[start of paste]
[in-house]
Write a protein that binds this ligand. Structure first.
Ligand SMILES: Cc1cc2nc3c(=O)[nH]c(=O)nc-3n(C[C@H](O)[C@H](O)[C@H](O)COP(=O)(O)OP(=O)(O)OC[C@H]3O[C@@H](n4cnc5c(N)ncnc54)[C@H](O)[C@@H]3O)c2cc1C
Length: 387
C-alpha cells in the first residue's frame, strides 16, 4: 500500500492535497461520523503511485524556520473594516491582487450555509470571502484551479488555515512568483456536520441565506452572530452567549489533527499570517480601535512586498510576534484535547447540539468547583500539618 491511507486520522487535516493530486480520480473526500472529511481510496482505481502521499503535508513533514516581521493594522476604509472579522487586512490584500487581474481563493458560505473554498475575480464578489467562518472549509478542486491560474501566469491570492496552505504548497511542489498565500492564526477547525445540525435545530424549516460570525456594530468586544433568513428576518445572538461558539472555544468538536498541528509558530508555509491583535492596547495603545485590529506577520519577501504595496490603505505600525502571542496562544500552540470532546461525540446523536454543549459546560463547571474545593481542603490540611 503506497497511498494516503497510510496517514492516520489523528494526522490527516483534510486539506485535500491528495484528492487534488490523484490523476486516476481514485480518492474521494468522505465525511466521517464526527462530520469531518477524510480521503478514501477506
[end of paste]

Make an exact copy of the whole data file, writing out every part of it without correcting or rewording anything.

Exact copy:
[in-house]
Write a protein that binds this ligand. Structure first.
Ligand SMILES: Cc1cc2nc3c(=O)[nH]c(=O)nc-3n(C[C@H](O)[C@H](O)[C@H](O)COP(=O)(O)OP(=O)(O)OC[C@H]3O[C@@H](n4cnc5c(N)ncnc54)[C@H](O)[C@@H]3O)c2cc1C
Length: 387
C-alpha cells in the first residue's frame, strides 16, 4: 500500500492535497461520523503511485524556520473594516491582487450555509470571502484551479488555515512568483456536520441565506452572530452567549489533527499570517480601535512586498510576534484535547447540539468547583500539618 491511507486520522487535516493530486480520480473526500472529511481510496482505481502521499503535508513533514516581521493594522476604509472579522487586512490584500487581474481563493458560505473554498475575480464578489467562518472549509478542486491560474501566469491570492496552505504548497511542489498565500492564526477547525445540525435545530424549516460570525456594530468586544433568513428576518445572538461558539472555544468538536498541528509558530508555509491583535492596547495603545485590529506577520519577501504595496490603505505600525502571542496562544500552540470532546461525540446523536454543549459546560463547571474545593481542603490540611 503506497497511498494516503497510510496517514492516520489523528494526522490527516483534510486539506485535500491528495484528492487534488490523484490523476486516476481514485480518492474521494468522505465525511466521517464526527462530520469531518477524510480521503478514501477506